Roast chicken: New ways with a favourite dish

Spatchcock, a different twist on a classic dish

Spatchcock, a different twist on a classic dish - Credit: Archant

Roast chicken is such a simple dish and yet sometimes a challenge.

Remember the old saying “you get what you pay for”? It’s particularly appropriate in relation to food. A whole chicken can cost as little as £3 but where has it come from and do you care? Do you choose free-range, organic or cage-free?

All these terms can be confusing.

If you’re concerned about the amount of antibiotics fed to chickens, purchase poultry and eggs labelled free-range and no-antibiotic-added. Cage-free means the brids were not kept in cages within a warehouse but does not mean they necessarily had access to outside areas. To ensure you’re purchasing meat and eggs from chickens that foraged in a natural environment, look for packaging indications that the chickens were pastured, or find poultry with the “Animal Welfare Approved” label.

The alternative is to buy locally from someone you know. As the recent horsemeat scandal proves, the label on your food may not be as truthful as you would like to think.

Whatever chicken you buy, you need to know how to cook it.

French roasting involves an inch or so of water, unpeeled garlic cloves, lemon wedges, and a few choice veggies, a few parsley stalks, twists of black pepper and flakes of salt. The chicken is turned about half way through to finish with the breast side up. Once the bird is cooked, the cooking liquor is used to make the gravy. English roast chicken tends to be cooked breast side up throughout and has stuffing in the neck cavity, and perhaps between the skin and breast. This keeps the breast moist and it absorbs the lovely flavour of the stuffing.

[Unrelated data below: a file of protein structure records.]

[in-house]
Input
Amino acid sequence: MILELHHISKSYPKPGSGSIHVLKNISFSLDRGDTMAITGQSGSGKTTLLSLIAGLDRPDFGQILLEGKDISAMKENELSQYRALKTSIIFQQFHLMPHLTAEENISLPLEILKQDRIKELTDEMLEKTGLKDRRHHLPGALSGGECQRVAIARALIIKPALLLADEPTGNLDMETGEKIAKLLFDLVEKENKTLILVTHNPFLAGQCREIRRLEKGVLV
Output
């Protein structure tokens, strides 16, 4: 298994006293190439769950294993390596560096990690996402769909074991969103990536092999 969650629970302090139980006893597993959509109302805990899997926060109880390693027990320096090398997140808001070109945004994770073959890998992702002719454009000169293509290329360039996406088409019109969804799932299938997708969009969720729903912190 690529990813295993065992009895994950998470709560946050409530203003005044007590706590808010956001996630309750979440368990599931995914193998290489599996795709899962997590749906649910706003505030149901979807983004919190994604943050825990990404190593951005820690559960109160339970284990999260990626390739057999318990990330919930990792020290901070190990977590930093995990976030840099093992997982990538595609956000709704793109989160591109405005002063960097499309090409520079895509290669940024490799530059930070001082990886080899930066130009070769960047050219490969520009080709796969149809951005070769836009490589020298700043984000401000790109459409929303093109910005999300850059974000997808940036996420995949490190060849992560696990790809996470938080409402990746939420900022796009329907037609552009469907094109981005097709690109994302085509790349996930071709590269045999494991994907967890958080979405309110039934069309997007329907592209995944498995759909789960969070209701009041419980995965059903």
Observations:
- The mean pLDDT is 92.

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One of my favourite ways to prepare a chicken for roasting is to Spatchcock, or to remove the backbone, enabling you to flatten out the whole chicken. Use a good pair of scissors either side of the backbone and then place the chicken on a board and press firmly on the breast to flatten and slightly break the bones to make sure it remains flat. This helps it roast evenly and cook a little quicker. As all the chicken skin is facing upwards, it browns all over.

I prefer to cook my potatoes around the chicken and I pop them in about half way through, once I have par-boiled them. Cutting them quite small means they will cook in time and they soak up some of the delicious juices.

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